The End of Full Service
It’s survival of the specialized as full service firms face competitive pressure from all sides
By Heather Suttie, Lexpert, November 2015; reprinted in The Law Office Management Association (TLOMA) newsletter, February 2016
Fierce pressure on large and mid-size domestic law firms is coming from all sides and fronts – including highly aggressive and hungry competitors – and success is being defined and measured by clients with permanent buying power.
Some of that competition is coming from global firms that now operate in Canada. Those include the likes of Norton Rose Fulbright, Dentons, DLA Piper and Baker & McKenzie, with Gowling WLG entering the market in January 2016. Each provides a full complement of service offerings bolstered by a strong brand and far-reaching infrastructure.
Clyde and Co., another global firm best known for insurance law, has been operating in Toronto and Montreal since 2011, while Littler Mendelson, with its well-defined employment and labour practice, gained a foothold in Toronto in August 2015 and is likely to expand across the country.
NewLaw, which has been active in Canada for over 10 years, offers lawyers on demand, senior counsel and document review without passing along the traditional costs associated with huge overheads. Law-focused technology, from artificial intelligence to process management, also continues to take major bites out of traditional law firm work.
And let us not forget the corporate law departments, which are doing more work than ever in-house, while legal service procurement is increasingly becoming a first line deciding factor in which outside firms get files. Added to this are global accounting firms that – armed with bucks, brains and brands – continue to extend their reach into the legal space.
For traditional full service firms, the days of being everything to everybody have been gone for some time. The Australian and American legal market is experiencing this, and so is Canada. Law firms in this country, however, have yet to get serious about getting lean and focusing their businesses on the practice areas or industries where they are strongest.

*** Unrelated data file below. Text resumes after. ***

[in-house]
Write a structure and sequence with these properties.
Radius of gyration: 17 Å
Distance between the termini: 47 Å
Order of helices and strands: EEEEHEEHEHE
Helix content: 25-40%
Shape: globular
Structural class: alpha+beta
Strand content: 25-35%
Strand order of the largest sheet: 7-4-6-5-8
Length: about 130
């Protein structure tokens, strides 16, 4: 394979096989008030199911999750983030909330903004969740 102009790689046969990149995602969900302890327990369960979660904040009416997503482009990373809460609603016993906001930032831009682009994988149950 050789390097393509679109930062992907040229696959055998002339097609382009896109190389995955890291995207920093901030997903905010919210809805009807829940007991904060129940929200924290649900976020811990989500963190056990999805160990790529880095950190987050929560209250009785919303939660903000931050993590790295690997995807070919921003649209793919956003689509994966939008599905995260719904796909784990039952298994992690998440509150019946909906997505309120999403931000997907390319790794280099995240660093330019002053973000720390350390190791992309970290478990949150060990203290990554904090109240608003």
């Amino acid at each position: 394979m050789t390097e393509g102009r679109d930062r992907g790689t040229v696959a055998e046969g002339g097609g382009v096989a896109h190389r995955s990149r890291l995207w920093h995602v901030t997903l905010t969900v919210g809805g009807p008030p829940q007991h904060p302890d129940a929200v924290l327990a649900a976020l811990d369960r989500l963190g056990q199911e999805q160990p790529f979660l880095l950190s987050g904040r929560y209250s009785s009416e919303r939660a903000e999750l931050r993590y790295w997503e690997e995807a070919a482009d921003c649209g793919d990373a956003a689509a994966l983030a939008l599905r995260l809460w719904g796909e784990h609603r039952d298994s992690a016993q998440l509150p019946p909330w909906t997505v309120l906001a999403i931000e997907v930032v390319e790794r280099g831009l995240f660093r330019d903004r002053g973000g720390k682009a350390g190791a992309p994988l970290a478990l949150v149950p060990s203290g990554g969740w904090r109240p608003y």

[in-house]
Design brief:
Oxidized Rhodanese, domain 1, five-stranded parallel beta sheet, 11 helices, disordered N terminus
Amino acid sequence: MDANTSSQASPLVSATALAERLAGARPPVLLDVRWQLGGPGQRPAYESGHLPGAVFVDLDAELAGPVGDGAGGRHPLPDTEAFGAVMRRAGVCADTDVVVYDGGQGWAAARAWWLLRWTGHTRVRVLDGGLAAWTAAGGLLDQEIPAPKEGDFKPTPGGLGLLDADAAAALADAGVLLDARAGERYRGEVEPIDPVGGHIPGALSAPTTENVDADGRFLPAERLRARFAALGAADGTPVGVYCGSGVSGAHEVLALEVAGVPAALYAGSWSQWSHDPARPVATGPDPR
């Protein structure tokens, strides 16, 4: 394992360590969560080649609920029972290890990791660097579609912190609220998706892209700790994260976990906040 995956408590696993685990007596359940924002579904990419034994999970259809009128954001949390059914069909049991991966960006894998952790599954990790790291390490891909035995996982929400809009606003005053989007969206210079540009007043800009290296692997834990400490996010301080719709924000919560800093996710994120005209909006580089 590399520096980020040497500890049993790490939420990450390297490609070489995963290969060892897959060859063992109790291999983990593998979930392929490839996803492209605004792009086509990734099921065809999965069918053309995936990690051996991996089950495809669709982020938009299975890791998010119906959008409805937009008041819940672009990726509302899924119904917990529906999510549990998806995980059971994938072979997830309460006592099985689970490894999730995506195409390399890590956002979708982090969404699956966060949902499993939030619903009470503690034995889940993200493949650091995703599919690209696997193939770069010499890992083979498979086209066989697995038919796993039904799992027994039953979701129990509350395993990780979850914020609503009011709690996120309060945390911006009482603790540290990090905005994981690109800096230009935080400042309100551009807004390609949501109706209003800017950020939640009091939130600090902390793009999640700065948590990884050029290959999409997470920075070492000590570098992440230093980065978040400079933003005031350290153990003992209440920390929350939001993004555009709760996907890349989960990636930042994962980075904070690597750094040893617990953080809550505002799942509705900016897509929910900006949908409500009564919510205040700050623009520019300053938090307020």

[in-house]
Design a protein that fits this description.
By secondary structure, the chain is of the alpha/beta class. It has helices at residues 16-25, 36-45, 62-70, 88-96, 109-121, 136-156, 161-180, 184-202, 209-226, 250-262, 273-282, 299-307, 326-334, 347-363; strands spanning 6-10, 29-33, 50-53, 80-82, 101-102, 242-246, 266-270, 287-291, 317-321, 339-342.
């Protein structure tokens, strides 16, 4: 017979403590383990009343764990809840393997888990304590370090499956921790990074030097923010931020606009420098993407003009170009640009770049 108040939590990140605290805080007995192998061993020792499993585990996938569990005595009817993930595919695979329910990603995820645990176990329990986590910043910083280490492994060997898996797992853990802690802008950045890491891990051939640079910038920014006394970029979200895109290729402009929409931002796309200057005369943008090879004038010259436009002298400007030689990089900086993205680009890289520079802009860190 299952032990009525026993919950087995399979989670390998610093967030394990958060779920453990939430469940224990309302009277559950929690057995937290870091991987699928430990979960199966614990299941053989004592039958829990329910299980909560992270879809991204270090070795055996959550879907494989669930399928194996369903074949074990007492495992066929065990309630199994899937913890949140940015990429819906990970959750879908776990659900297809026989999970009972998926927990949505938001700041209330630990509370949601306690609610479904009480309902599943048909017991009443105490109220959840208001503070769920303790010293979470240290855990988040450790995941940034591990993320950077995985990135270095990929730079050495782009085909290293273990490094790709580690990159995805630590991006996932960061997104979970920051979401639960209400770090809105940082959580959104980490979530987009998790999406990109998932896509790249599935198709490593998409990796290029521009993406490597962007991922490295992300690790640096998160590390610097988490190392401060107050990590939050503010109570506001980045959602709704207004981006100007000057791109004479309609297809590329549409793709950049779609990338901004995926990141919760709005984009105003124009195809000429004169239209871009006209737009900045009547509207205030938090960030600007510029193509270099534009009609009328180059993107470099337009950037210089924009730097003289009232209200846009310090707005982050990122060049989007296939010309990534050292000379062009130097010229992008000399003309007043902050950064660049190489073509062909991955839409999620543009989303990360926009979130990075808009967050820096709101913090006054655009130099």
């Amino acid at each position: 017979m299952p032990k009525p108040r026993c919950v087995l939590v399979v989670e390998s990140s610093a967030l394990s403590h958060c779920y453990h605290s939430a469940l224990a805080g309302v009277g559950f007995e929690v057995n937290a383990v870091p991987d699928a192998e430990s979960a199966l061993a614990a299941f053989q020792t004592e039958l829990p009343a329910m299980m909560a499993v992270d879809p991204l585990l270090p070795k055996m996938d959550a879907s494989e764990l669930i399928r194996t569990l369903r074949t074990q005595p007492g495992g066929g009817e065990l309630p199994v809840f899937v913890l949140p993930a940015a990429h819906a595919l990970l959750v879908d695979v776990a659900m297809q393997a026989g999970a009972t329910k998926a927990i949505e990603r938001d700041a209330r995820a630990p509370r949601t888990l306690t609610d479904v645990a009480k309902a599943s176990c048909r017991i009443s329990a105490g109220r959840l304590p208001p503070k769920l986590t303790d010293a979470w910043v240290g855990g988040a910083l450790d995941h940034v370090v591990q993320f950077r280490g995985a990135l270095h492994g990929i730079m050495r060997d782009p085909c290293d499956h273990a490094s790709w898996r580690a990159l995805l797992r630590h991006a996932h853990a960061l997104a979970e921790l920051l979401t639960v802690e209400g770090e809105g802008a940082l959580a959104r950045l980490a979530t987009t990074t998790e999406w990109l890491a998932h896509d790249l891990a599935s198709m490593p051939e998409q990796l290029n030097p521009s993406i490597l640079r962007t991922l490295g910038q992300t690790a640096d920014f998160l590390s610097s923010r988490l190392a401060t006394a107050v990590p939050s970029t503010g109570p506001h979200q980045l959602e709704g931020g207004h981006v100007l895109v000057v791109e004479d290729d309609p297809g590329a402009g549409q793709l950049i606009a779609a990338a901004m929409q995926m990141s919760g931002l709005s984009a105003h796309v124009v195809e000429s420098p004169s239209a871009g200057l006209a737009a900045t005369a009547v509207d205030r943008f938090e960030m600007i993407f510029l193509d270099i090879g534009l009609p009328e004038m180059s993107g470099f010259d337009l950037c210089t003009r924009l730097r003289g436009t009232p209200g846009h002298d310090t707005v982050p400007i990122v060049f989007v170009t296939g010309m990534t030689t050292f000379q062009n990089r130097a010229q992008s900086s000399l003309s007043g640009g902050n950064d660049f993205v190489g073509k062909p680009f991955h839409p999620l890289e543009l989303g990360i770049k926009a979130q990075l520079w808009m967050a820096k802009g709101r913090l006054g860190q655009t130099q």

This is not a new idea. There was a time when there were major Canadian corporate and commercial firms known for certain areas of work – banking, finance, M&A, etc. – and laid claim to their particular strengths and marketed themselves as such. By differentiating, these firms acted as beacons, drawing in particular types of work from clients and referring firms.
The challenge now is how to trim back. Is an abrupt cut-your-losses change the best strategy or is there a way to make a gradual transition that preserves revenue streams? Are these strategies mutually exclusive?
Philip Gleed, a former managing partner and legal management consultant based in Melbourne, Australia, believes that shifting is possible using different methods. “I’ve not seen a ‘one size fits all’ approach with a strategy to move from full service to a specialty,” he says, noting that firms have aggressively referred work to get out of certain practice areas.
Others have employed “a slow-burn, long-term strategy where changes are made over a three- to five-year period, and with partners and staff either being progressively retrained in those new areas or transferred, with the old work to the new firm who purchases it.”
There is a case to be made for streamlining to a lean practice and doing it well. The aforementioned US-based Littler Mendelson is one example of a firm doing just that. Orrick, Herrington & Sutcliffe LLP, which focuses on technology, energy and financial sectors, is another, along with Sedgwick LLP, which concentrates on international litigation and high-stakes, publicly sensitive business deals.
The beauty of a lean and focused practice is the ability to be distinctive in an increasingly crowded, competitive marketplace and be recognized for it, as Littler, Orrick, and Sedgwick have done.
Firms that insist on being all things to all people dilute their identity, which results in the murkiness of the non-branded. Firms that aren’t known for anything run the risk of being regarded with uncertainty by current and prospective clients.
Defining who you are takes insight; working towards who you should be takes guts. That’s because defining strengths and building on them means identifying weaknesses and minimizing them. While difficult decisions and actions to get lean may be painful, the choice is this: amputate now or bleed to death later.
Given the changes in over the past five to 10 years, it’s a safe bet that there are firms doing business now that won’t be in five to 10 years time. The advantage of right-sizing now is that it will free all parties to focus on what they do best, while they still can, and build their brands accordingly.